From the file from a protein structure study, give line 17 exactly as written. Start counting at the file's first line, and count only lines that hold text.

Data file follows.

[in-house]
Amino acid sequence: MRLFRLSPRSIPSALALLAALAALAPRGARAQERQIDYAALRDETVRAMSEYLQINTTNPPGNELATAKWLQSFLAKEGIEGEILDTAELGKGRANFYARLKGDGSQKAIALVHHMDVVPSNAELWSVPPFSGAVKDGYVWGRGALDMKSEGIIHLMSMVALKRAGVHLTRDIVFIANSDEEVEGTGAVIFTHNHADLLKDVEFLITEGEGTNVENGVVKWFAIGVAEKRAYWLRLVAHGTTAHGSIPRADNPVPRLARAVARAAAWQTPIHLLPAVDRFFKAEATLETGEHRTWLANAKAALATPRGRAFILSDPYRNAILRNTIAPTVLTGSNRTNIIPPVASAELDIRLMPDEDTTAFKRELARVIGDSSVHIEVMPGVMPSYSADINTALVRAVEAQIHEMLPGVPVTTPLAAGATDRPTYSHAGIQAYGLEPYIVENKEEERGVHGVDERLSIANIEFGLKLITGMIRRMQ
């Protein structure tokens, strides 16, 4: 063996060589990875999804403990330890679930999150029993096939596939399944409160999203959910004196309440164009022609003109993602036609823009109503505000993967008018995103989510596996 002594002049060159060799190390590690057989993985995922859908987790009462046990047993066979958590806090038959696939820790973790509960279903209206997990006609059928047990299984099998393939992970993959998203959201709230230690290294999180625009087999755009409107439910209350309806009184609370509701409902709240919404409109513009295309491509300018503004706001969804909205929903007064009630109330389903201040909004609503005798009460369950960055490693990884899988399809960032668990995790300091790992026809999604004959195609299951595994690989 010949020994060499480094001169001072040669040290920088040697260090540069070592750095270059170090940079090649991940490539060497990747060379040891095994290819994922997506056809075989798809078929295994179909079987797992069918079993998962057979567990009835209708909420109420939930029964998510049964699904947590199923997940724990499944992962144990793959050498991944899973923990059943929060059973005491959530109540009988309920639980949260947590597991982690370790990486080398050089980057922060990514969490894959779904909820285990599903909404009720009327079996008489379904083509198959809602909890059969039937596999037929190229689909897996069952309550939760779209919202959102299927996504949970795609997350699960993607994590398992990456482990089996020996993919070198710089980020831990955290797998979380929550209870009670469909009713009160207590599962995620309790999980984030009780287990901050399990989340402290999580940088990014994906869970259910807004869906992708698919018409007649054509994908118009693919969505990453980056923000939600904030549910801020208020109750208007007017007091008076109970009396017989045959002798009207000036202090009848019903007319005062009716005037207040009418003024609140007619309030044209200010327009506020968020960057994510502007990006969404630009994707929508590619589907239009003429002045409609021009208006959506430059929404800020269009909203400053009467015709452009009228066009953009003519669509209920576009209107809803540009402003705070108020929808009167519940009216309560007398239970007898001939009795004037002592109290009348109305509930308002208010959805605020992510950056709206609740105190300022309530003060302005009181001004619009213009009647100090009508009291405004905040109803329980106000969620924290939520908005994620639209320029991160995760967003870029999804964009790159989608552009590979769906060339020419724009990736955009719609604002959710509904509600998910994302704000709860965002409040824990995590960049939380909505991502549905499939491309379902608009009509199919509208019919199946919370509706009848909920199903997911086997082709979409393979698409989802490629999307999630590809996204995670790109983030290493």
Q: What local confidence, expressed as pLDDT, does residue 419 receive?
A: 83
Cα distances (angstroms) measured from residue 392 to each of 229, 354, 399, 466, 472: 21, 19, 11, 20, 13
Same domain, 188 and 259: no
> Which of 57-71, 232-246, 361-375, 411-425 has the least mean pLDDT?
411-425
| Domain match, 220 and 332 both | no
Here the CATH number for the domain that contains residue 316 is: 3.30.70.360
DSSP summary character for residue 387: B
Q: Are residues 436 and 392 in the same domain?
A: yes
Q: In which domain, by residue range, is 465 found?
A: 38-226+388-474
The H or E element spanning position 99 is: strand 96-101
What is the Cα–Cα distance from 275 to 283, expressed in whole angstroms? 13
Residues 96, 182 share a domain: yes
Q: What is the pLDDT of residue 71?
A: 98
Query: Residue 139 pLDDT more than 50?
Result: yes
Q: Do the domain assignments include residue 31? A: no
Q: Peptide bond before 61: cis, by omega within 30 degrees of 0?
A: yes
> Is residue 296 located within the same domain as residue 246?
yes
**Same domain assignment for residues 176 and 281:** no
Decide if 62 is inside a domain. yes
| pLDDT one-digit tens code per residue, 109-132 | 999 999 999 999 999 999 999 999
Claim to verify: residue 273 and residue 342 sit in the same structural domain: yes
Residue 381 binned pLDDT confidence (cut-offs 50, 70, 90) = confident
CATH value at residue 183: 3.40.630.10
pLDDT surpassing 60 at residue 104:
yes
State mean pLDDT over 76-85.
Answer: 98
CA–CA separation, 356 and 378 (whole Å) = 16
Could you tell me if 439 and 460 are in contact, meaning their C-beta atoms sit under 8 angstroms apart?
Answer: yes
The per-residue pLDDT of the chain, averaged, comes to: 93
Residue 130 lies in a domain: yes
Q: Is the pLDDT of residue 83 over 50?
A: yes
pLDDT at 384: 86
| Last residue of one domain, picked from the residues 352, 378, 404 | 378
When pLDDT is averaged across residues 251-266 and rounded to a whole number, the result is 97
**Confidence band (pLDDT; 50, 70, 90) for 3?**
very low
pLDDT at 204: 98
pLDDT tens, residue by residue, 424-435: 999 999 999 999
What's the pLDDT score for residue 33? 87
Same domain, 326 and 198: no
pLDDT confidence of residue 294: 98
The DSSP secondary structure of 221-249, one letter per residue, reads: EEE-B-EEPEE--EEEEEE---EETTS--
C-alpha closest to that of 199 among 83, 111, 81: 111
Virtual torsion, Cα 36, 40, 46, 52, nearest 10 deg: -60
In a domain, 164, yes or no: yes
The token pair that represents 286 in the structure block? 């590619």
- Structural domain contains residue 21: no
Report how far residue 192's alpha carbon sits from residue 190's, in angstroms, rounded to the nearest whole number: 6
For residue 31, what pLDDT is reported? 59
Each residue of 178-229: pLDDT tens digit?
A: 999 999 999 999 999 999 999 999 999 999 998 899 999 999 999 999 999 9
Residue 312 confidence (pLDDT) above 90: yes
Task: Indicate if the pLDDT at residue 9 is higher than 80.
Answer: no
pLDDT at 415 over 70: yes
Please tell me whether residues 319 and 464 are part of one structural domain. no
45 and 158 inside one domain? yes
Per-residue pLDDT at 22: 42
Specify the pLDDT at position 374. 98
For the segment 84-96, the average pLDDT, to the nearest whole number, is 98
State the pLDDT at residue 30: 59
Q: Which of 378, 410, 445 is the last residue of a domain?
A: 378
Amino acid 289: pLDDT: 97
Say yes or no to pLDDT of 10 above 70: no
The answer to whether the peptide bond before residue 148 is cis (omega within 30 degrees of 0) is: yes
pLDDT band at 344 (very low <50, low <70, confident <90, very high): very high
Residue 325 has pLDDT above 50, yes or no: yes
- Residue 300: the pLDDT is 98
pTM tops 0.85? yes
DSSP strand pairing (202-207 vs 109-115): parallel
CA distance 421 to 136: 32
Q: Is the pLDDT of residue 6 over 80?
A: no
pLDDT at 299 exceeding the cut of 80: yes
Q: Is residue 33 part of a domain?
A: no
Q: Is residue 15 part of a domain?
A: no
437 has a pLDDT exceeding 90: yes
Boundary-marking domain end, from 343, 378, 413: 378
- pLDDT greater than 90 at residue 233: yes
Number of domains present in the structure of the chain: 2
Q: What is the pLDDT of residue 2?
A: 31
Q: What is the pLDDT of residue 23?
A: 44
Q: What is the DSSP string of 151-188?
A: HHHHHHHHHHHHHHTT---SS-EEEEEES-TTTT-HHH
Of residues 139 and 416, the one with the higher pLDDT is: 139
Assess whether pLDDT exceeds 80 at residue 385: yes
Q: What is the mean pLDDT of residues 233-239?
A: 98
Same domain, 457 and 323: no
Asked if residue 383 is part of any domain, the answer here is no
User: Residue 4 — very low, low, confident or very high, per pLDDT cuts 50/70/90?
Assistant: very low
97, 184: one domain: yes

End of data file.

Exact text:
The H or E element spanning position 99 is: strand 96-101